With increasing neglect by family and friends, coupled with the pressure of making ends meet, a growing number of elderly people are resorting to care homes to spend their final days on earth. Chiemelie Ezeobi writes
The woman in the picture now lives at the Regina Mundi Home for the Elderly in Mushin, a Lagos community. She was abandoned by her family. “Isolation, discrimination, neglect and poverty are forcing elderly people to live a dismal life in care homes across the country,” says Olubunmi Owosho, a social psychologist.
At Regina Mundi Home for the Elderly, some of the people at the home were abandoned by their families in their old ages while some actually arrived there with the help of their family members who could no longer cope with caring for their needs.
“It is important to make the elderly feel that they are still very relevant to the society. Some of them have worked for years and have contributed their quota to the society but were abandoned in their old age,” says Anthonia Adebowale, a reverend sister.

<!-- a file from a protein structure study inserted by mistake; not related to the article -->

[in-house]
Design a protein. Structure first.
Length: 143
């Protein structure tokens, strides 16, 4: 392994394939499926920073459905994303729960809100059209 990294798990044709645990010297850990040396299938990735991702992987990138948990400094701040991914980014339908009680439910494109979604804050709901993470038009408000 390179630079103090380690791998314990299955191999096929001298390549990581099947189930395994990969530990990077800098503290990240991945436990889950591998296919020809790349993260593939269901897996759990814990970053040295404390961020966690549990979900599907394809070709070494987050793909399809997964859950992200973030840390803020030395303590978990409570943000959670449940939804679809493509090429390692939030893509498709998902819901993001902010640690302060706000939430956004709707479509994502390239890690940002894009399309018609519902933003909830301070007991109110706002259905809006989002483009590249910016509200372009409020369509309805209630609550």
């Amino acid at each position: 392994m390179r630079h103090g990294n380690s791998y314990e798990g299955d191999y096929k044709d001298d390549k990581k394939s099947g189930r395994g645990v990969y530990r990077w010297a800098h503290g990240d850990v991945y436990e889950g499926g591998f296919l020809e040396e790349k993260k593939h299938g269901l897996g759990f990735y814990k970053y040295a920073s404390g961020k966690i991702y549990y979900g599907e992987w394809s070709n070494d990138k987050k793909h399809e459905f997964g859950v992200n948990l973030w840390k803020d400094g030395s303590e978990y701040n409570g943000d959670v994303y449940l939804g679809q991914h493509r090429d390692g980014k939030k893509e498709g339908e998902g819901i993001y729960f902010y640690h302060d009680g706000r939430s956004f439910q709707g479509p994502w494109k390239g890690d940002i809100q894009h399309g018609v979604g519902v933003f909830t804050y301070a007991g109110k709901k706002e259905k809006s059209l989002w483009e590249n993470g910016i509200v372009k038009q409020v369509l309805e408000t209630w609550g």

“Some have children whom we have to practically force to come and see them while others have irreconcilable differences with their relatives.
“The elderly are often seen as the reservoirs of knowledge and the voice of wisdom whose fountain of experience are often needed to steer the ship of life. With the blessing of old age often comes the maturity to handle issues and therefore deserve to be supported and made happy and comfortable in the twilight of their ages,” she explained.
Reports suggest that there is evidence that the traditional practice of caring for parents began to erode under harsh economic conditions in urban areas across the country.
For instance, there is absence of a social security system and only a minute percentage of the population older than 60 receives pensions before death.
Analysts say, rapid urbanisation has displaced the elderly from their status and places them on the lowest rung of the ladder.
According to Uche Nwobodo, it is very wrong to abandon one’s parents especially at old age. “In other parts of the world, these people have a place prepared for them by the government with trained caregivers to look after them but sadly the same does not really hold true in Nigeria except for a few homes that are taking up such challenge to care for their needs. Different factors especially mordernisation has and will continue to contribute to the increasing patronage of these homes,” he said.